Post by Riya Gohil, Happiness Alliance Intern and student in Business Administration at Wilson College, Mumbai India.
Kell’ onni on se onnen kätkeköön is a famous saying in Finland that means ‘Who has happiness should hide it.”. Ironically Finland is also the happiest country in the world!
In 2021, The World Happiness Report of 2021 determined that Finland is the happiest country for the fourth year in a row, with Denmark following closely. The report also includes the world’s unhappiest countries, which fall at the bottom of the list of 149 countries. This made me wonder why Finland is so happy and the countries at the bottom of the list so unhappy.. Surprisingly, many of my preconceived notions about happiness have been bashed.
But first, what is the World Happiness Report? The United Nations Sustainable Solutions Network publishes a report on 20th March (World Happiness Day) which includes rankings and articles about the happiness of countries. The rankings are calculated by asking respondents about their satisfaction with life. Six factors are considered to influence satisfaction with life: - average gross domestic product, healthy life expectancy, generosity (charitable donations), social support (someone there in times of need), freedom in life choices and sense of corruption in government.
“Money can’t buy happiness” is a proverb widely known but seldom believed. While money can solve many problems, research has found that happiness does increase with the increase in income, but after it reaches a certain point (about $75000 USD per year in the US, or the equivalent in other countries), there is not much of a gain in happiness. This is known as the Easterlin Paradox. It was first proposed by Richard Easterlin, an economist, who studied happiness data as early as 1974. People in Finland are relatively well off and extremely wealthy. For the most part, in Finland, Instead of trying to get filthy rich, people are more focused on the other aspects of life.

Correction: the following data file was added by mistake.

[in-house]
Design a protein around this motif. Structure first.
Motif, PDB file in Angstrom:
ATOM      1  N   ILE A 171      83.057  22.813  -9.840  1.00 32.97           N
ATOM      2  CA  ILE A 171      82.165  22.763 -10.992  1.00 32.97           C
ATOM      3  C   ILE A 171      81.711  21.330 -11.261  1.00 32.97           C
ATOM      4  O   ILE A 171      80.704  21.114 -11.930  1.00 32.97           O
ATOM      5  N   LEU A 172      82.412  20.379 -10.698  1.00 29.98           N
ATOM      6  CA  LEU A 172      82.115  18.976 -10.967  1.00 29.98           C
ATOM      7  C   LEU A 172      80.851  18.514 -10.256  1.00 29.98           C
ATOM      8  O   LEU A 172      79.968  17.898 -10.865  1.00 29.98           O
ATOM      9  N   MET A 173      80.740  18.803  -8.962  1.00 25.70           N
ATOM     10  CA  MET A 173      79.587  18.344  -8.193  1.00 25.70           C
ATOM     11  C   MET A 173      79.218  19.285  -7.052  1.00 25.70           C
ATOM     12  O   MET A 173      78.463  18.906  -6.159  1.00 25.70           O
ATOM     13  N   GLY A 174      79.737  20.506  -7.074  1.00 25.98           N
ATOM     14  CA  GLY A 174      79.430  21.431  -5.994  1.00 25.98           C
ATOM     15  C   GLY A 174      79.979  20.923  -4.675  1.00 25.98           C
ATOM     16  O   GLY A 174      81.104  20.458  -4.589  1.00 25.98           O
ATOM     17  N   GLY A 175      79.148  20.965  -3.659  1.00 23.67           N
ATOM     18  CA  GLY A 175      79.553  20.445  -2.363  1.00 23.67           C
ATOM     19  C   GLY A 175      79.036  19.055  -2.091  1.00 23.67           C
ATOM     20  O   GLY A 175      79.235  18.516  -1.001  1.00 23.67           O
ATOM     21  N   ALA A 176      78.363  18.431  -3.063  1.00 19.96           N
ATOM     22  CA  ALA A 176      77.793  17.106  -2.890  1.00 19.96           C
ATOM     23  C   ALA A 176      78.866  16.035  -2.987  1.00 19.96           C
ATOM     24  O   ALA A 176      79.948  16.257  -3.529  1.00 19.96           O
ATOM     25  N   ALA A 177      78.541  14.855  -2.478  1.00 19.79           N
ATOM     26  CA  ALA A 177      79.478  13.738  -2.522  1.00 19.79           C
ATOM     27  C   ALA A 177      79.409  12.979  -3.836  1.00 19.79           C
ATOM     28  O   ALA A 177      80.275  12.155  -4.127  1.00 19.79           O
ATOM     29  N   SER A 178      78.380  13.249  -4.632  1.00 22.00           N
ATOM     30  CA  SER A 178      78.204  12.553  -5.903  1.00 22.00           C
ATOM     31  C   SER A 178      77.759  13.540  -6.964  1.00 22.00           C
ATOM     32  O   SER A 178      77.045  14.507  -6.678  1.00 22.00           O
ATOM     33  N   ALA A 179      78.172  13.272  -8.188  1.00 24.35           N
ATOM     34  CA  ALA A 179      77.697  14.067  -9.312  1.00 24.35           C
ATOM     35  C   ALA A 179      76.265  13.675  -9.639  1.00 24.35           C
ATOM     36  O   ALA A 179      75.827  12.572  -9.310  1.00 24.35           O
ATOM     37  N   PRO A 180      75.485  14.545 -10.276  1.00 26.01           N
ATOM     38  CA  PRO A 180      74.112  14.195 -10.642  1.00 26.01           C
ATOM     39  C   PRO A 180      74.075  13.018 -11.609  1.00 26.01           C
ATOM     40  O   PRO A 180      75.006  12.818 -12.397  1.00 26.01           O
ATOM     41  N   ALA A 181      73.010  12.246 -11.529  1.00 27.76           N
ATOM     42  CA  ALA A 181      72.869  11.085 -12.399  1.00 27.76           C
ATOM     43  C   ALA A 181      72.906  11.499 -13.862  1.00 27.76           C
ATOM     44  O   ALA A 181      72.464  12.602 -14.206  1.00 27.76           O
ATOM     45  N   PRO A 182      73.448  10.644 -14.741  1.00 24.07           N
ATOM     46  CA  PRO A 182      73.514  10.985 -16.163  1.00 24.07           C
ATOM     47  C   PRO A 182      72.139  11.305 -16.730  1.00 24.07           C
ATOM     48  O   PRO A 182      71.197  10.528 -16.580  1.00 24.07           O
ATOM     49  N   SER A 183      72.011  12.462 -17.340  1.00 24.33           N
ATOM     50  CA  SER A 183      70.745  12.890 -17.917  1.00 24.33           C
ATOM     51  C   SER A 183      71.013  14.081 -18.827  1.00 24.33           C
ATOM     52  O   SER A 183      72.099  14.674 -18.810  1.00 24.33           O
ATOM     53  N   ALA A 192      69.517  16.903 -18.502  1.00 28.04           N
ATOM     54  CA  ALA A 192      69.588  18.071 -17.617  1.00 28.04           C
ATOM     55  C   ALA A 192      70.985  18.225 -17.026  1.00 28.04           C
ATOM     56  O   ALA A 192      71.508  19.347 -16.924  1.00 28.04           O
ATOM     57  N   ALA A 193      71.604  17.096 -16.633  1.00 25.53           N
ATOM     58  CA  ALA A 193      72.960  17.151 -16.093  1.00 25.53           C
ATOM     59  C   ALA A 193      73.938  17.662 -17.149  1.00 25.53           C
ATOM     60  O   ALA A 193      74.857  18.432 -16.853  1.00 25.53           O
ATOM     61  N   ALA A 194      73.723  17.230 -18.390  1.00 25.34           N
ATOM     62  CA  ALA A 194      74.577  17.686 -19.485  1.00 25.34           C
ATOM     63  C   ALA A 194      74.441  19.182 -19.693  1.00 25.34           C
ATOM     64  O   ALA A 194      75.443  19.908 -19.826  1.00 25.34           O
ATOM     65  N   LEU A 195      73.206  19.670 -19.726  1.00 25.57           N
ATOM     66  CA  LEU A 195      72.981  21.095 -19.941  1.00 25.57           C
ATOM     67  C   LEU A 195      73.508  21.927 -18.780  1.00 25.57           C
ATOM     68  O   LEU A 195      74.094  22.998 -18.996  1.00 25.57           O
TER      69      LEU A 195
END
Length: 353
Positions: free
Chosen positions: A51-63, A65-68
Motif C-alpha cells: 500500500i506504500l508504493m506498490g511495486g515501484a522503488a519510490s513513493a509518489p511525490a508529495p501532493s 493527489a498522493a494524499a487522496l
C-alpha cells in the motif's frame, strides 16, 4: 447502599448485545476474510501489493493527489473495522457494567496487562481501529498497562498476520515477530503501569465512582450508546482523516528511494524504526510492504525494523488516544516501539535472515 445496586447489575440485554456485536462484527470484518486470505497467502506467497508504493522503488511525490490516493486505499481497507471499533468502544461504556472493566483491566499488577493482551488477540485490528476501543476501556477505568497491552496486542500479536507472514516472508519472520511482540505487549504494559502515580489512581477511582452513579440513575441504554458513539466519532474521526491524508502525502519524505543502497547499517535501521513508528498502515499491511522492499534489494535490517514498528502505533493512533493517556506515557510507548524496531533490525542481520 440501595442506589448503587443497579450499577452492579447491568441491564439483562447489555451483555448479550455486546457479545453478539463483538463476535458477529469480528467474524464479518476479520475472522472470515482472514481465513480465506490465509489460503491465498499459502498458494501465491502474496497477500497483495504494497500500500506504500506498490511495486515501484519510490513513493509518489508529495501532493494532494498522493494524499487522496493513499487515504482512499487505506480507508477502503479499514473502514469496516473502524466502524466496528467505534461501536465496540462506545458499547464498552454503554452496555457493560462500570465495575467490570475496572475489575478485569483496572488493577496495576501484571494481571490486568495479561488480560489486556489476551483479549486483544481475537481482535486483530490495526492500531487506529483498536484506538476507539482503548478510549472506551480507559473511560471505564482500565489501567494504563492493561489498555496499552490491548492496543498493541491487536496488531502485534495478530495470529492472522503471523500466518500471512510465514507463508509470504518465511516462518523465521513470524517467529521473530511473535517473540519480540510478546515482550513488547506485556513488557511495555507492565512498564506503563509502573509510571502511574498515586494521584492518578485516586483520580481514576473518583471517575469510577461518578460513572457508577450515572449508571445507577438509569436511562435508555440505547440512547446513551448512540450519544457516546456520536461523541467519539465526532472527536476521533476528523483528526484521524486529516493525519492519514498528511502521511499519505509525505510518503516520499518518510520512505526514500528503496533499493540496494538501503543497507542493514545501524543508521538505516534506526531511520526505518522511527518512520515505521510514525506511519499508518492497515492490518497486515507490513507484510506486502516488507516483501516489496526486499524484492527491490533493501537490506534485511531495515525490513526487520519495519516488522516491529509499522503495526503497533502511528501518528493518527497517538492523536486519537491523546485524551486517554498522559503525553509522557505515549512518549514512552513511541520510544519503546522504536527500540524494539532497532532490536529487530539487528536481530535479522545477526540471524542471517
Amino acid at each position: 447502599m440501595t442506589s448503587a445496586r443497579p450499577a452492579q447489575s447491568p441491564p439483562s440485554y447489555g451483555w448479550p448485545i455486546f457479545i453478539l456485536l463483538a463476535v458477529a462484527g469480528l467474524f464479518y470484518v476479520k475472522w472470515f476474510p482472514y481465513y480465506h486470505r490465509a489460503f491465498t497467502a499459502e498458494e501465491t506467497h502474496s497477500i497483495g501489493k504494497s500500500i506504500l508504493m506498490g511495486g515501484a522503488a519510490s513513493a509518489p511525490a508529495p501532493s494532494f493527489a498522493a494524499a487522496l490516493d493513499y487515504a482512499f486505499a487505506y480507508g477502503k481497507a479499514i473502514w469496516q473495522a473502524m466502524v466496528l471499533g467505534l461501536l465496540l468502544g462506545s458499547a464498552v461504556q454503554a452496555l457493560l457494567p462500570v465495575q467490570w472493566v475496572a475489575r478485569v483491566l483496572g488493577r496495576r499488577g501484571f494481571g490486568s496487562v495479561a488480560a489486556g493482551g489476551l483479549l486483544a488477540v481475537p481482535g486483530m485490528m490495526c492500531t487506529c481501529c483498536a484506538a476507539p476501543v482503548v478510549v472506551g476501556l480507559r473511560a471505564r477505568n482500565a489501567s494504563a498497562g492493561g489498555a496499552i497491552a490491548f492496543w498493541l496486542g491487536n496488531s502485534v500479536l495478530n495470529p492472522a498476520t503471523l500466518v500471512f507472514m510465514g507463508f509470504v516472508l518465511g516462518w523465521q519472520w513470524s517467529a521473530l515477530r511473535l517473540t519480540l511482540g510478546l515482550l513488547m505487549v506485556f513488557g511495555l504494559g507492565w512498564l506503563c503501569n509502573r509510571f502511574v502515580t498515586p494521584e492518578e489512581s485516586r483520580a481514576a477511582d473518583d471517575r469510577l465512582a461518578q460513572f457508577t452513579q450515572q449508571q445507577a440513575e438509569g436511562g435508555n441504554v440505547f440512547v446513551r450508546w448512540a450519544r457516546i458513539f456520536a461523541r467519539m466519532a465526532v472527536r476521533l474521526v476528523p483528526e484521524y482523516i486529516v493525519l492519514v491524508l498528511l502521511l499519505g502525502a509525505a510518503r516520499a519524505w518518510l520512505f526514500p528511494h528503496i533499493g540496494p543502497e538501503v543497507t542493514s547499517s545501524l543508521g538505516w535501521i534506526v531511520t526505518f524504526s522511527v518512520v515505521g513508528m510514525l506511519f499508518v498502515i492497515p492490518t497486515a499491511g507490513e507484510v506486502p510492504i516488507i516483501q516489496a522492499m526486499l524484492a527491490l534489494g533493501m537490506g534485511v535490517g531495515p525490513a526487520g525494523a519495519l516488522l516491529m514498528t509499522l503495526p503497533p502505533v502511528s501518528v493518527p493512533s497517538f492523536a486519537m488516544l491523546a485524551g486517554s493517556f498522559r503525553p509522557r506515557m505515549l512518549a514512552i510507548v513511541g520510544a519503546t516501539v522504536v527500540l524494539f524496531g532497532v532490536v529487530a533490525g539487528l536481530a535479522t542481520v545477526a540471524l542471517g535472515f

For the very poor, Finland’s ‘Housing First’ policy tackles the problem of homelessness with an aim to provide people with a roof before other services. The Finns believe that problems like addiction, mental illness, and unemployment are easier to tackle if people have their own abode.
For the most part, the Finns believe in work-place autonomy, and follow a flat working model where the hierarchical levels are low so that the workers feel equal to their colleagues. They think that this is crucial for the productivity and happiness of the employees.
With an abundance of natural environment, low levels of pollution, low levels of economic and social inequality and a laid back lifestyle, it is not surprising that people are happier in Finland. These feats sound like a distant dream for the world but they are possible!